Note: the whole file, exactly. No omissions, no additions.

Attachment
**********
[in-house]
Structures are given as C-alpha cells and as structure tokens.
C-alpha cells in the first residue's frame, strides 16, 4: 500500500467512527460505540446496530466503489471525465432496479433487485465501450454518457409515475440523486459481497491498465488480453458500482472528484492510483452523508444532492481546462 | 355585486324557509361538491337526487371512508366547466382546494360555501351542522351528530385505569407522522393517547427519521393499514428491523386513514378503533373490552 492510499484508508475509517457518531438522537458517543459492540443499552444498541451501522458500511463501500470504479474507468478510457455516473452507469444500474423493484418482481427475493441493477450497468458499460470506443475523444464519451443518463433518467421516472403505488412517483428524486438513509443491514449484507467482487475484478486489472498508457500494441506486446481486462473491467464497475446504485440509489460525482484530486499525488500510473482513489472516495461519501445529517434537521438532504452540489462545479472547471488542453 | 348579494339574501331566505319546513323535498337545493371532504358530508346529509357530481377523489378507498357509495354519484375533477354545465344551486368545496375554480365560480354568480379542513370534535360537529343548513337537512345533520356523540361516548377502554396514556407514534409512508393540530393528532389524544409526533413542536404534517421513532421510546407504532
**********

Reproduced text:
[in-house]
Structures are given as C-alpha cells and as structure tokens.
C-alpha cells in the first residue's frame, strides 16, 4: 500500500467512527460505540446496530466503489471525465432496479433487485465501450454518457409515475440523486459481497491498465488480453458500482472528484492510483452523508444532492481546462 | 355585486324557509361538491337526487371512508366547466382546494360555501351542522351528530385505569407522522393517547427519521393499514428491523386513514378503533373490552 492510499484508508475509517457518531438522537458517543459492540443499552444498541451501522458500511463501500470504479474507468478510457455516473452507469444500474423493484418482481427475493441493477450497468458499460470506443475523444464519451443518463433518467421516472403505488412517483428524486438513509443491514449484507467482487475484478486489472498508457500494441506486446481486462473491467464497475446504485440509489460525482484530486499525488500510473482513489472516495461519501445529517434537521438532504452540489462545479472547471488542453 | 348579494339574501331566505319546513323535498337545493371532504358530508346529509357530481377523489378507498357509495354519484375533477354545465344551486368545496375554480365560480354568480379542513370534535360537529343548513337537512345533520356523540361516548377502554396514556407514534409512508393540530393528532389524544409526533413542536404534517421513532421510546407504532